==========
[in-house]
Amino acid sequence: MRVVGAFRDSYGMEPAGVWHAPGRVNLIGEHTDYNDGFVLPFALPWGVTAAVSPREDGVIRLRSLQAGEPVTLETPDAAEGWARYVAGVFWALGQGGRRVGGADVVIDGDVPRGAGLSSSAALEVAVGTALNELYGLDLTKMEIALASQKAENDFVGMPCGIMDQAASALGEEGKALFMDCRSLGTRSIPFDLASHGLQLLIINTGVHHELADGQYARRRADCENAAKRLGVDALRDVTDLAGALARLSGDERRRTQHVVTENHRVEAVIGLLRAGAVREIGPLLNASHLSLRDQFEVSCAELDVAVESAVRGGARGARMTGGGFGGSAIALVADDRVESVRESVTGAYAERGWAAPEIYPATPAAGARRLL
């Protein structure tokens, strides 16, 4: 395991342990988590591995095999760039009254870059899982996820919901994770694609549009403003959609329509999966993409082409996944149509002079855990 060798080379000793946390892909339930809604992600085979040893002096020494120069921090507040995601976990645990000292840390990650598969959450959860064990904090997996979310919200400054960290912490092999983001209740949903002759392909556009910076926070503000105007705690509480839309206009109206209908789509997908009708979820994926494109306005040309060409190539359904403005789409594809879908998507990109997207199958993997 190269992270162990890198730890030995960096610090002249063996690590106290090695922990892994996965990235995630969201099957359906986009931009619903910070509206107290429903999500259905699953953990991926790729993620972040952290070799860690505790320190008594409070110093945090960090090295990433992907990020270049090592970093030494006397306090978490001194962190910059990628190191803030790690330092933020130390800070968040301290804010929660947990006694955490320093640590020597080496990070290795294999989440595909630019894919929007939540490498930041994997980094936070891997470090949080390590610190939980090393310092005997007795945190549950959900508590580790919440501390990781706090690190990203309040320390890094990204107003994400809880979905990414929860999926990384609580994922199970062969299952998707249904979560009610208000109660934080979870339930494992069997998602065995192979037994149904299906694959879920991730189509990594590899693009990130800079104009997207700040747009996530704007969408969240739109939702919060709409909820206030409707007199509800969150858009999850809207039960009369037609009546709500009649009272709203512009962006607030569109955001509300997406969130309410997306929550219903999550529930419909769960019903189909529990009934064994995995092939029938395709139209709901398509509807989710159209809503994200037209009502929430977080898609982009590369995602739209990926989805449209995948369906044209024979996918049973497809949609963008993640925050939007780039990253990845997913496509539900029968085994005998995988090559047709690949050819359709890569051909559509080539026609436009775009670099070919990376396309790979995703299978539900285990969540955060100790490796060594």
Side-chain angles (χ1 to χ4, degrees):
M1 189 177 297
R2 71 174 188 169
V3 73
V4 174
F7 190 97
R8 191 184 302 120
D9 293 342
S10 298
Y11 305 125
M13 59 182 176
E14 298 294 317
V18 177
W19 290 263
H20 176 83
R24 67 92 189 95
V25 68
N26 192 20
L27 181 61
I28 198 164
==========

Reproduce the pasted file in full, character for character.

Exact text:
[in-house]
Amino acid sequence: MRVVGAFRDSYGMEPAGVWHAPGRVNLIGEHTDYNDGFVLPFALPWGVTAAVSPREDGVIRLRSLQAGEPVTLETPDAAEGWARYVAGVFWALGQGGRRVGGADVVIDGDVPRGAGLSSSAALEVAVGTALNELYGLDLTKMEIALASQKAENDFVGMPCGIMDQAASALGEEGKALFMDCRSLGTRSIPFDLASHGLQLLIINTGVHHELADGQYARRRADCENAAKRLGVDALRDVTDLAGALARLSGDERRRTQHVVTENHRVEAVIGLLRAGAVREIGPLLNASHLSLRDQFEVSCAELDVAVESAVRGGARGARMTGGGFGGSAIALVADDRVESVRESVTGAYAERGWAAPEIYPATPAAGARRLL
């Protein structure tokens, strides 16, 4: 395991342990988590591995095999760039009254870059899982996820919901994770694609549009403003959609329509999966993409082409996944149509002079855990 060798080379000793946390892909339930809604992600085979040893002096020494120069921090507040995601976990645990000292840390990650598969959450959860064990904090997996979310919200400054960290912490092999983001209740949903002759392909556009910076926070503000105007705690509480839309206009109206209908789509997908009708979820994926494109306005040309060409190539359904403005789409594809879908998507990109997207199958993997 190269992270162990890198730890030995960096610090002249063996690590106290090695922990892994996965990235995630969201099957359906986009931009619903910070509206107290429903999500259905699953953990991926790729993620972040952290070799860690505790320190008594409070110093945090960090090295990433992907990020270049090592970093030494006397306090978490001194962190910059990628190191803030790690330092933020130390800070968040301290804010929660947990006694955490320093640590020597080496990070290795294999989440595909630019894919929007939540490498930041994997980094936070891997470090949080390590610190939980090393310092005997007795945190549950959900508590580790919440501390990781706090690190990203309040320390890094990204107003994400809880979905990414929860999926990384609580994922199970062969299952998707249904979560009610208000109660934080979870339930494992069997998602065995192979037994149904299906694959879920991730189509990594590899693009990130800079104009997207700040747009996530704007969408969240739109939702919060709409909820206030409707007199509800969150858009999850809207039960009369037609009546709500009649009272709203512009962006607030569109955001509300997406969130309410997306929550219903999550529930419909769960019903189909529990009934064994995995092939029938395709139209709901398509509807989710159209809503994200037209009502929430977080898609982009590369995602739209990926989805449209995948369906044209024979996918049973497809949609963008993640925050939007780039990253990845997913496509539900029968085994005998995988090559047709690949050819359709890569051909559509080539026609436009775009670099070919990376396309790979995703299978539900285990969540955060100790490796060594």
Side-chain angles (χ1 to χ4, degrees):
M1 189 177 297
R2 71 174 188 169
V3 73
V4 174
F7 190 97
R8 191 184 302 120
D9 293 342
S10 298
Y11 305 125
M13 59 182 176
E14 298 294 317
V18 177
W19 290 263
H20 176 83
R24 67 92 189 95
V25 68
N26 192 20
L27 181 61
I28 198 164